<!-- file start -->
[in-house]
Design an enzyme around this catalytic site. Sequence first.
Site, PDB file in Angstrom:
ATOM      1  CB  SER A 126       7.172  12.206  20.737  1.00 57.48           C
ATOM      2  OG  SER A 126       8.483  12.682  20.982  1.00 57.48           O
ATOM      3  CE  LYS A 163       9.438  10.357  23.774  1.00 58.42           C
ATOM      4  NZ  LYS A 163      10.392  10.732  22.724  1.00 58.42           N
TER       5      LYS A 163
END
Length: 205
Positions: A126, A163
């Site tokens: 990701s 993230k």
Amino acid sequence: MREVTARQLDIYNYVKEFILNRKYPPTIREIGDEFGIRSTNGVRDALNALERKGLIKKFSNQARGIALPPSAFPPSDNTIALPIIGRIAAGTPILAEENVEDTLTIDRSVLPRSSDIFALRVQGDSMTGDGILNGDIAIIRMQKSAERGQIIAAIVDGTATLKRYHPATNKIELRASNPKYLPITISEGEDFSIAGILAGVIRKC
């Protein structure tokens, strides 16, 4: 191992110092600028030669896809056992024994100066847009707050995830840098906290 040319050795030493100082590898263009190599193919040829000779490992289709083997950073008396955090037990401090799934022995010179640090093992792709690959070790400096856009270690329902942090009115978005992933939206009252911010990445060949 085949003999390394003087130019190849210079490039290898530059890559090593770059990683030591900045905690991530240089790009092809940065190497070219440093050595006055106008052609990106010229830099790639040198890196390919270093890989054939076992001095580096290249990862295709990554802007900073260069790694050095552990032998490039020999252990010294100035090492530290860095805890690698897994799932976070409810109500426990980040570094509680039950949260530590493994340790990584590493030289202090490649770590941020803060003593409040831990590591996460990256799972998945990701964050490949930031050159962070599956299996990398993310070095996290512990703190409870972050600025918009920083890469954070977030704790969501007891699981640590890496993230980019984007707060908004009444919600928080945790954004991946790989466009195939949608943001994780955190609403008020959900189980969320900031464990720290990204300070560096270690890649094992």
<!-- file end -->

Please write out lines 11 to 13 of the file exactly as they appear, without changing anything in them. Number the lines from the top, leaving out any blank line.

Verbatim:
Positions: A126, A163
């Site tokens: 990701s 993230k």
Amino acid sequence: MREVTARQLDIYNYVKEFILNRKYPPTIREIGDEFGIRSTNGVRDALNALERKGLIKKFSNQARGIALPPSAFPPSDNTIALPIIGRIAAGTPILAEENVEDTLTIDRSVLPRSSDIFALRVQGDSMTGDGILNGDIAIIRMQKSAERGQIIAAIVDGTATLKRYHPATNKIELRASNPKYLPITISEGEDFSIAGILAGVIRKC